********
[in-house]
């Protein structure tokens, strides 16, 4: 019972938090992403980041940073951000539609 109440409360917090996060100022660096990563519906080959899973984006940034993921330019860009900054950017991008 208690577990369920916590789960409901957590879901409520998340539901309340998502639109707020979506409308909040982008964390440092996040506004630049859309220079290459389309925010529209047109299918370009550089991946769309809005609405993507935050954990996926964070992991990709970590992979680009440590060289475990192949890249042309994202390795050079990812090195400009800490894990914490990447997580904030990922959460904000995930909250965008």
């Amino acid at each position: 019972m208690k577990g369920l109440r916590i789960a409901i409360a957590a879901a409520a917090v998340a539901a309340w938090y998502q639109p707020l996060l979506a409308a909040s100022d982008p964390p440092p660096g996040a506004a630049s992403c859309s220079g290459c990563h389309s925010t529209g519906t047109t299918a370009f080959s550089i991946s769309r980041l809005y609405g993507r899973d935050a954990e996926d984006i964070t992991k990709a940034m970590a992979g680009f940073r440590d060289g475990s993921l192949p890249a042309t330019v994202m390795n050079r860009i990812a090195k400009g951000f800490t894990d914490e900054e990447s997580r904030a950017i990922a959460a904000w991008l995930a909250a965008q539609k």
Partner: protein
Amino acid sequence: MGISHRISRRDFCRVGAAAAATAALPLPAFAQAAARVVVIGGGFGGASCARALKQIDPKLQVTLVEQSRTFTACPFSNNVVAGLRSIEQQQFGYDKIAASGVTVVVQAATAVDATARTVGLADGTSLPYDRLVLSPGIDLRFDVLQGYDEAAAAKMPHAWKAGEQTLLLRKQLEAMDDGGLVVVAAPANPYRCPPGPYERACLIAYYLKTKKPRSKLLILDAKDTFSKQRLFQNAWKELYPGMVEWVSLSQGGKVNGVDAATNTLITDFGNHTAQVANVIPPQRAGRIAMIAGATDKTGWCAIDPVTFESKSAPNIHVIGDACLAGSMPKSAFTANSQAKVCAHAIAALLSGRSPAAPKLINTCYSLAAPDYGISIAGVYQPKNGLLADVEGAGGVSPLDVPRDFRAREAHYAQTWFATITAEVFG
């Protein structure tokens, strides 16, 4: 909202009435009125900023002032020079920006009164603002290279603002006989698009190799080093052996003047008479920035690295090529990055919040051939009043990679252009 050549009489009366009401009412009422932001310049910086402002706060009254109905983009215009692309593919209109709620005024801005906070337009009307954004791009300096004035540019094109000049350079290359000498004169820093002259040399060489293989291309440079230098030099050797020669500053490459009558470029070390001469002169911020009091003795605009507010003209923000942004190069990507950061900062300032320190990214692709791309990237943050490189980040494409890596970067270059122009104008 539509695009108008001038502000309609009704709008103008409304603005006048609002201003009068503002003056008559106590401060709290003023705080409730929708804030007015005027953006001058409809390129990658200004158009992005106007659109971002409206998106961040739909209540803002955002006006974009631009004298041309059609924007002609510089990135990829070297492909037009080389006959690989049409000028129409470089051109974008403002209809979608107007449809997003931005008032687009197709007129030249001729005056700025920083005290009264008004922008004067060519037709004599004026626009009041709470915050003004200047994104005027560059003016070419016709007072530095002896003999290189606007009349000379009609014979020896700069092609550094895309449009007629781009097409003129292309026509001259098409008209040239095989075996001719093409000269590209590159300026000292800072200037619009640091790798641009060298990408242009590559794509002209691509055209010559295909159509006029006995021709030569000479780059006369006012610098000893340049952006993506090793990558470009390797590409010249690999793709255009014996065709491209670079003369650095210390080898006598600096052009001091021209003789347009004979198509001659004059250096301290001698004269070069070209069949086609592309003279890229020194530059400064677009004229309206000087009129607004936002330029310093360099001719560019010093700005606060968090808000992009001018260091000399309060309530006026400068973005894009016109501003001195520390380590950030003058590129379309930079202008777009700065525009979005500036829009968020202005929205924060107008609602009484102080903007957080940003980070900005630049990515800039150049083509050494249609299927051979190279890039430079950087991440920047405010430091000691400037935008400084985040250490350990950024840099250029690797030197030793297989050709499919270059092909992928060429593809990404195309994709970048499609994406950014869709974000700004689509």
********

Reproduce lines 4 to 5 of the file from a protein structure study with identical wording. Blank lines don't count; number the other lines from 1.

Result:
Partner: protein
Amino acid sequence: MGISHRISRRDFCRVGAAAAATAALPLPAFAQAAARVVVIGGGFGGASCARALKQIDPKLQVTLVEQSRTFTACPFSNNVVAGLRSIEQQQFGYDKIAASGVTVVVQAATAVDATARTVGLADGTSLPYDRLVLSPGIDLRFDVLQGYDEAAAAKMPHAWKAGEQTLLLRKQLEAMDDGGLVVVAAPANPYRCPPGPYERACLIAYYLKTKKPRSKLLILDAKDTFSKQRLFQNAWKELYPGMVEWVSLSQGGKVNGVDAATNTLITDFGNHTAQVANVIPPQRAGRIAMIAGATDKTGWCAIDPVTFESKSAPNIHVIGDACLAGSMPKSAFTANSQAKVCAHAIAALLSGRSPAAPKLINTCYSLAAPDYGISIAGVYQPKNGLLADVEGAGGVSPLDVPRDFRAREAHYAQTWFATITAEVFG